Pay Attention To The Youth

In the past week, I have watched a few videos that speak to the next generation’s expectations and desires. They are concerned, as we all should be, about what havoc we have wreaked on our climate that has created global warming. It is scary and will continue to get more alarming in the future.

Seeing the destruction of art to get the point across is not something I applaud, but the movement is forcing people to stand up and notice.

I watched a young woman stand up at a White House press conference to prod press Secretary Karine Jean-Pierre about the new legislation expanding oil drilling on public lands. Although Biden wants to block oil drilling in the future in the Atlantic and Pacific oceans, he is limiting some drilling to take place now. This young woman asked the question we should all be asking. Why? To change the rapid pace of global warming, shouldn’t we only put massive capital and tax benefits into new energy?

I also watched a woman who attended the Citibank shareholders meeting. She got up and asked why Citibank was giving capital and investing in oil and gas companies. She wanted to know how Sunil Garg wants to leave this world for our children and future generations. He commented that it was a tiny portion of Citi’s investment portfolio. She pushed again and asked so why even bother? She has a point.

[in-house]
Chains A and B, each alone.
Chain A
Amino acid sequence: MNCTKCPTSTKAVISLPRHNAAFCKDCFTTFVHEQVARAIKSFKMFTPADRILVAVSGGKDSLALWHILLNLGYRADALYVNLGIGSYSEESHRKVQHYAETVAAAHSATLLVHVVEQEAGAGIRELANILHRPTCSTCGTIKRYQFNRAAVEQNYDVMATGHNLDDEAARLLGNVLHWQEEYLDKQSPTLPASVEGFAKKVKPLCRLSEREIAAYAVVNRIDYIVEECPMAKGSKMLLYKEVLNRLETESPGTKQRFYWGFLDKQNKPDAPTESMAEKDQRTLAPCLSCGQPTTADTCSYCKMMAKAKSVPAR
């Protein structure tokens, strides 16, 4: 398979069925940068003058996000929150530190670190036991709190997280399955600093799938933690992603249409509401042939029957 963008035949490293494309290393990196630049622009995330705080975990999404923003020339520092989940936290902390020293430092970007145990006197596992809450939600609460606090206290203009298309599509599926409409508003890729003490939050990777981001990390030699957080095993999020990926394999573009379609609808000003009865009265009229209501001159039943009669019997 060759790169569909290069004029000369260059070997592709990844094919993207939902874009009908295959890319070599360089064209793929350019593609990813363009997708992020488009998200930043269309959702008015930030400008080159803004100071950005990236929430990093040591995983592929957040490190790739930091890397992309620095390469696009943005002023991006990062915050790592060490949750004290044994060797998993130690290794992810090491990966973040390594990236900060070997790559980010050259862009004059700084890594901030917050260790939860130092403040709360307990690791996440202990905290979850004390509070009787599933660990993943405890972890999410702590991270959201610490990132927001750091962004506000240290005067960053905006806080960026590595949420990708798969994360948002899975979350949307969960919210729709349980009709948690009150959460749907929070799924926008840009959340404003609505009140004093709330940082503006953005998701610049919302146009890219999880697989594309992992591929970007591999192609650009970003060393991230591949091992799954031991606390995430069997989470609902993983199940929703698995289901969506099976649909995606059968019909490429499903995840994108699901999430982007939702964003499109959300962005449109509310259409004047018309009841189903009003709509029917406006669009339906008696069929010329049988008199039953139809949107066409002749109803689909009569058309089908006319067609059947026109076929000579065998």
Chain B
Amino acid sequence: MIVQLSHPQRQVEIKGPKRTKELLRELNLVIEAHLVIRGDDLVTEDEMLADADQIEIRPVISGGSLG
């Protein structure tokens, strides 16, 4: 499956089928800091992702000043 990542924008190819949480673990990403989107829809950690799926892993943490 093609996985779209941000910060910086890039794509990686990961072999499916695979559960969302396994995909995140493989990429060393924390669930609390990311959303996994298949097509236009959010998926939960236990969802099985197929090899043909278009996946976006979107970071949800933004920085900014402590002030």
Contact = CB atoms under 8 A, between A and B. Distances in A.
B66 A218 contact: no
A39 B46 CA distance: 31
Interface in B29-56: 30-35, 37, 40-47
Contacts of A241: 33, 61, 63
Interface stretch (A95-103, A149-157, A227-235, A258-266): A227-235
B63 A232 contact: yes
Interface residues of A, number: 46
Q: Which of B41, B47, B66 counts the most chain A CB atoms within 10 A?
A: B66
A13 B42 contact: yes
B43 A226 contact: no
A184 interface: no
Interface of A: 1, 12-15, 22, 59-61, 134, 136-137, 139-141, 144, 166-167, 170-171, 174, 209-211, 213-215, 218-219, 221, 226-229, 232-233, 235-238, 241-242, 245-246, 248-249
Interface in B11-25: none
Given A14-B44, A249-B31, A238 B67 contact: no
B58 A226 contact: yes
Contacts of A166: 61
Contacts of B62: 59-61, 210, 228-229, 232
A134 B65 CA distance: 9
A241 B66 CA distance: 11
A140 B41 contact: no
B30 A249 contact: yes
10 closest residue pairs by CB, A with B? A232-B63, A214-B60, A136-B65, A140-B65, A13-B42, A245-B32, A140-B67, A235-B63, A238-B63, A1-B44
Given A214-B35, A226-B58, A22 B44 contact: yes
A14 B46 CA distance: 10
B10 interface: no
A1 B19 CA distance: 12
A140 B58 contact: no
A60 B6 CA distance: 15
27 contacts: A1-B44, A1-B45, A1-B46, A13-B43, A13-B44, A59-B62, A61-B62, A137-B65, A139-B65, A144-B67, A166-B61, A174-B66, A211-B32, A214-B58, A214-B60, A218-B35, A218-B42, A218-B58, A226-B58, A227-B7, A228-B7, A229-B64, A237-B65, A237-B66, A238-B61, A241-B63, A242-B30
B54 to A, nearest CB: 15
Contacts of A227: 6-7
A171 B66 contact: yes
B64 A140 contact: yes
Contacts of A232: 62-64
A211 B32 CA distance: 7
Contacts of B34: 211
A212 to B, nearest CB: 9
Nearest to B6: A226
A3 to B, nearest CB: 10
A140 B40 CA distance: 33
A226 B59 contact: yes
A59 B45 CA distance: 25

As this generation grows up and puts their capital into the markets, they won’t put their cash in “evil” corporations. They won’t support companies in China that are destroying the environment. They won’t support cigarette companies. They won’t support banks that lend and invest in companies creating havoc on the earth. They want to support those who are thinking about a better world. One person multiplies into many, and shareholders can make a difference.

This is no different than their interest in younger politicians who represent their views vs. the aging politicians who are out of touch with the realities of today. The world is shifting, and it is unclear to me that public companies that have been around for hundreds-plus years will survive unless they start making changes that speak to what the next generation wants to get behind and financially support.